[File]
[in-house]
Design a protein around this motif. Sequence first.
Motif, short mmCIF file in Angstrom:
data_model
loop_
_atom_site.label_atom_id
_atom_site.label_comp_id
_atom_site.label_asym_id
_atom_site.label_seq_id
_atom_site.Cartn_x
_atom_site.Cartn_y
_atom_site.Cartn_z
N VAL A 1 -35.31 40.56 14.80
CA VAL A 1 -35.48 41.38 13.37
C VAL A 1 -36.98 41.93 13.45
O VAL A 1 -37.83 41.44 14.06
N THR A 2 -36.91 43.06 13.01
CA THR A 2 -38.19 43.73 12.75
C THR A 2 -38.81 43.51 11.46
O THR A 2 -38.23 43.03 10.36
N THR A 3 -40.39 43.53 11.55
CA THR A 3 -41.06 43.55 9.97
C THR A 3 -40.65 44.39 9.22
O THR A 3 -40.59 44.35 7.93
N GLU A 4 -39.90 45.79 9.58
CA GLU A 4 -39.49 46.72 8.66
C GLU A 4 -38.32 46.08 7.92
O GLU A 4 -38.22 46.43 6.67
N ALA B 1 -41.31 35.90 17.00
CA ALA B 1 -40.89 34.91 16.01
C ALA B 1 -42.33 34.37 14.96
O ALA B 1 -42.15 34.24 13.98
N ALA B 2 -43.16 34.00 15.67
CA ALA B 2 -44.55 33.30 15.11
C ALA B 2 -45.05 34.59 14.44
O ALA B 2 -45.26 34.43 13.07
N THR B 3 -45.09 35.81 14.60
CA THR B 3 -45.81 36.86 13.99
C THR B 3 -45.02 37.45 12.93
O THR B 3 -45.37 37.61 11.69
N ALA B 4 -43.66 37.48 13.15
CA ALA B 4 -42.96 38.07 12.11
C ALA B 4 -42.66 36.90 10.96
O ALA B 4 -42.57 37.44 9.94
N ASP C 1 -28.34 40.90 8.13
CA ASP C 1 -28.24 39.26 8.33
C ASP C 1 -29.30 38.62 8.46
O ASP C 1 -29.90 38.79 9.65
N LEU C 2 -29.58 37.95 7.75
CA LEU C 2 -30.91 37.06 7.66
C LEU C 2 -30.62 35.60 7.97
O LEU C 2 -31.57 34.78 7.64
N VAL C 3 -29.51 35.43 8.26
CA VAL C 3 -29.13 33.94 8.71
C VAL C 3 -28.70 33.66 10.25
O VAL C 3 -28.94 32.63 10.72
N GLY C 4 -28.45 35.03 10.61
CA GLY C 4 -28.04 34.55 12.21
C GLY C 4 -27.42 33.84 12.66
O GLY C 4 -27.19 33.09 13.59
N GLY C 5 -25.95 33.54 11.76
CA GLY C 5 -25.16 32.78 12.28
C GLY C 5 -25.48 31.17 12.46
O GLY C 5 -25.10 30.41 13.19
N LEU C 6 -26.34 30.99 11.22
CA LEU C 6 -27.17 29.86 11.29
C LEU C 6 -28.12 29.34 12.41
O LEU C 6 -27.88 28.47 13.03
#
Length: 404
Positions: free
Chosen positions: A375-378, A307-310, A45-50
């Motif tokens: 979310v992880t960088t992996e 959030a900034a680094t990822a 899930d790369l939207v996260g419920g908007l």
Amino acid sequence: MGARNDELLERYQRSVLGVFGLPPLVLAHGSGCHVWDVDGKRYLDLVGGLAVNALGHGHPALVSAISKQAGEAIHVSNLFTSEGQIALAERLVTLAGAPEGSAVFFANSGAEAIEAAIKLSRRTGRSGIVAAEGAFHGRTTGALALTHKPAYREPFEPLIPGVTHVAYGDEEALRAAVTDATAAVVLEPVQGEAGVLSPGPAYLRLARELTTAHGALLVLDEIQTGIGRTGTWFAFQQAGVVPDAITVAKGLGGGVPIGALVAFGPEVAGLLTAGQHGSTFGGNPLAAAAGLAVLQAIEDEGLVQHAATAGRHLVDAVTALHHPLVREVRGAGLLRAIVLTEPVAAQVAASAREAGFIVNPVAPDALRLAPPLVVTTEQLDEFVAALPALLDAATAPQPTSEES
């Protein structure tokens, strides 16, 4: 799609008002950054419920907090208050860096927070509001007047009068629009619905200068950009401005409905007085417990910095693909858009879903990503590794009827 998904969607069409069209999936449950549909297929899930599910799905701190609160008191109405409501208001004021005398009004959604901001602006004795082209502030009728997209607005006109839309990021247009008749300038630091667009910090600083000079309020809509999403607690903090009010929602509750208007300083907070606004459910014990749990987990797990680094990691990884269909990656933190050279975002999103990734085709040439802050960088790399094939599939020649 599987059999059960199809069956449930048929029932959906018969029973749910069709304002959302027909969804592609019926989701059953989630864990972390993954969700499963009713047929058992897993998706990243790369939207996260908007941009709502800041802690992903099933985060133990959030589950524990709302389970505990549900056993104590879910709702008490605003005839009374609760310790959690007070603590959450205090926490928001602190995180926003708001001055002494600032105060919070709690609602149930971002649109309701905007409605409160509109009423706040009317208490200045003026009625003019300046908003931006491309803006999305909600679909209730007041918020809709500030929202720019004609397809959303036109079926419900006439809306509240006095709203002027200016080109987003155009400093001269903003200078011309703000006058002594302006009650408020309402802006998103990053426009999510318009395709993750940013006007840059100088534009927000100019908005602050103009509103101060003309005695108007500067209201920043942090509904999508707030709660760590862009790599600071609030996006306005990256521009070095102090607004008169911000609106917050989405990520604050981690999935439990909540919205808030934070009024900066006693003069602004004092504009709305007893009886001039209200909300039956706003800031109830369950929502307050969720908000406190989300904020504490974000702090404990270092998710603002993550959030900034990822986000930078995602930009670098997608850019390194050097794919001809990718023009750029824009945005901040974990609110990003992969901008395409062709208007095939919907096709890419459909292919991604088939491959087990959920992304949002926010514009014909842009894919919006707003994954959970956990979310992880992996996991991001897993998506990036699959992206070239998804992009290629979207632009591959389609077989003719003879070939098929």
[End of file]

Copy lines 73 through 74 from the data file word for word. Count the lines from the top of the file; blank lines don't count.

């Motif tokens: 979310v992880t960088t992996e 959030a900034a680094t990822a 899930d790369l939207v996260g419920g908007l």
Amino acid sequence: MGARNDELLERYQRSVLGVFGLPPLVLAHGSGCHVWDVDGKRYLDLVGGLAVNALGHGHPALVSAISKQAGEAIHVSNLFTSEGQIALAERLVTLAGAPEGSAVFFANSGAEAIEAAIKLSRRTGRSGIVAAEGAFHGRTTGALALTHKPAYREPFEPLIPGVTHVAYGDEEALRAAVTDATAAVVLEPVQGEAGVLSPGPAYLRLARELTTAHGALLVLDEIQTGIGRTGTWFAFQQAGVVPDAITVAKGLGGGVPIGALVAFGPEVAGLLTAGQHGSTFGGNPLAAAAGLAVLQAIEDEGLVQHAATAGRHLVDAVTALHHPLVREVRGAGLLRAIVLTEPVAAQVAASAREAGFIVNPVAPDALRLAPPLVVTTEQLDEFVAALPALLDAATAPQPTSEES